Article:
• Materials Used: Mirror, Binoculars, Night Light or Flashlight, Pictures of Nature/Sceneries

HOOK

Lay down all the materials on a table or place them inside a basket. Ask the child to name each item as you show them one by one. You may ask an older child what each item can do or what each item is for.

A mirror can show us what we look like. A pair of binoculars can give us a better view of someone at a distance. A night light or flashlight can light up a dark room.

Our third catechism lesson teaches us the reason why God made the us and all the world around us. Laying on the foundational truths about their existence as created beings is extremely important to children during their tender years. The catechism asks and answers:

Q3: Why did God make you and all things?

A: For his own glory.

Introduce the third catechism, and excitedly inform the child you’ll find out what these three things have to do with the lesson.

BOOK

The Bible teaches us that God created the world and us for his own glory. When we talk about God’s glory, we are talking about how great and good God is.

Show a picture of a beautiful nature scene, like a forest or mountain. God made the whole world—the blue sky, the bright sun, the raging rivers, and the little birds that sing. Listen to what Psalm 19:1 says:

The heavens declare the glory of God, and the sky above proclaims his handiwork.

The sky and the mountains glorify God. They show people how great and good God is. They remind us that God created all things. Not only that, God made us for his own glory, too.

We are to be like mirrors that reflect how good and great God is. We are to be like a pair of binoculars that gives a clearer view of what God is like. We are also like flashlights that shines the light of Jesus in this dark and sinful world. We are made to glorify God. The Bible teaches us in 1 Corinthians 10:31:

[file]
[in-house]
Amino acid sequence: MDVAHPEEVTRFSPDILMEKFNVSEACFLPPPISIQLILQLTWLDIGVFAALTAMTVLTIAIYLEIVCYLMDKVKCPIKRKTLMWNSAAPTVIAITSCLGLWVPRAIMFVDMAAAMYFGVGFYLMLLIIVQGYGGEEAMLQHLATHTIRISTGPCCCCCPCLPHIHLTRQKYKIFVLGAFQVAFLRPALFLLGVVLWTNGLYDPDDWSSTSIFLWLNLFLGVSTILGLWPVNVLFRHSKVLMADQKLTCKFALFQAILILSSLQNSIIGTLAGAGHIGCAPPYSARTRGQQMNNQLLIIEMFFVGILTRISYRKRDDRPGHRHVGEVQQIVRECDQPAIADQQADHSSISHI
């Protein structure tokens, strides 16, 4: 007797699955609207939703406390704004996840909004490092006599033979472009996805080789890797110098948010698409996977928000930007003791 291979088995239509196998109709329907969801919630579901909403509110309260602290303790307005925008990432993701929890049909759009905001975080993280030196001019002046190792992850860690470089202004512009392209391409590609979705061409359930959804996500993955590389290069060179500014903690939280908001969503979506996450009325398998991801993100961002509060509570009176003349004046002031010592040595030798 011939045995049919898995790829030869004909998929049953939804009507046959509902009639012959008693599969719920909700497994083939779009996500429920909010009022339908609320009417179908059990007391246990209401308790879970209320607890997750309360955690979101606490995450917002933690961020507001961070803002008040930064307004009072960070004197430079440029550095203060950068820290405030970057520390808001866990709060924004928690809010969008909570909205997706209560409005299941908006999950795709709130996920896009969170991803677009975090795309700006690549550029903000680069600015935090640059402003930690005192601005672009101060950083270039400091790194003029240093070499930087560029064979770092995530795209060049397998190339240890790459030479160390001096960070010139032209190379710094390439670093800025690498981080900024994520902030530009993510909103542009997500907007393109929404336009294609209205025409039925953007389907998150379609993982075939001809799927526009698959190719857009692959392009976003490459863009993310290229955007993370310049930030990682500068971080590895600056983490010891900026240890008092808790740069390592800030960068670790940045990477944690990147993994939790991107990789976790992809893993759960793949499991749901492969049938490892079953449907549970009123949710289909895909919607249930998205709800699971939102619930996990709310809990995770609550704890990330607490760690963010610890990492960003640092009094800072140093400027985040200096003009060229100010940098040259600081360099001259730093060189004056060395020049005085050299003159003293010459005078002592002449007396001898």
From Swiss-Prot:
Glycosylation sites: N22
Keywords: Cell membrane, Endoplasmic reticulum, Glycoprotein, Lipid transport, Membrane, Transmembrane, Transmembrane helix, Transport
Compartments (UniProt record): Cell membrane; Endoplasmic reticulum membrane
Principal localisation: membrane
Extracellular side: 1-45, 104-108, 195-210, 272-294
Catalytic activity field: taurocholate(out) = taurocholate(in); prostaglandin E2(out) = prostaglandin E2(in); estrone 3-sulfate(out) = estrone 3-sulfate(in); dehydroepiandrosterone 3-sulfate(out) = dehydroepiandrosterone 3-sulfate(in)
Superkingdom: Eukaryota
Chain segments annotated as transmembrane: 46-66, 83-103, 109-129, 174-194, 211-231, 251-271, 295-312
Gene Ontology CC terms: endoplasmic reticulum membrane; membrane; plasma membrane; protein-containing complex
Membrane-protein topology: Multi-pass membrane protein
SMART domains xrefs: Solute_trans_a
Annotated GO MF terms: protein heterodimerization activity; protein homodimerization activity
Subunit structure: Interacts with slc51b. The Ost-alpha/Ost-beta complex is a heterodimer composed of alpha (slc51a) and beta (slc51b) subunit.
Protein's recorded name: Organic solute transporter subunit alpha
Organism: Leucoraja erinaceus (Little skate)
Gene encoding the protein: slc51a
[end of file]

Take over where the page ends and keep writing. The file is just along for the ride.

So, whether you eat or drink, or whatever you do, do all to the glory of God.

In everything we do, we are to show others how great and good God is. This is why God made us.

LOOK

  • Why did God make you and all things? For his own glory.
  • What does it mean to glorify God? To show others how great and good God is.

Sometimes, we are not very good reflections, pointers, and sources of light. We have sinful hearts, and they keep us from glorifying God. But God solved the problem of sinful hearts by sending His Son Jesus to come to earth, and live like us. Jesus became a man, and always glorified God. Jesus lived a perfect life and died on the cross to take the punishment that we deserve for our sins. If we follow and trust in him, God will forgive us our sins and teach us how to glorify Him. In fact, Jesus Himself said, “I am the light of the world. Whoever follows me will not walk in darkness, but will have the light of life.” (John 8:12, ESV)

TOOK

Create a pair of binoculars using tissue paper rolls to bring home the lesson about glorifying God.

Tape together two toilet paper rolls side by side. Cut a strip of paper approximately 3×11 inches wide. Let your child decorate the paper as desired with tape, markers and the like. Wrap the decorated paper around the pair of toilet paper rolls and secure on the underside with more tape. Hole punch the outside of both rolls and add a strap using cording, rope or string

TP craft photo and instructions is taken from Raising Arizona Kids.

Another thing you could do is to share about the life and ministry of Augustine, the church father. As a young boy, he was full of mischief—he stole pears from his neighbor just because he enjoyed doing wrong. But his mother prayed for him regularly until one day, God saved him and he became a bishop.

Augustine wrote books that God used to help many people understand the Bible. In one of those books, he wrote: “You have made us for yourself, O Lord, and our hearts are restless until they find their rest in you.” That means, the purpose why God made each of us is to glorify Him. If we’re not doing showing others how great and good God is through our words, thoughts and actions, we are not doing what we were originally created to do.

Related Resources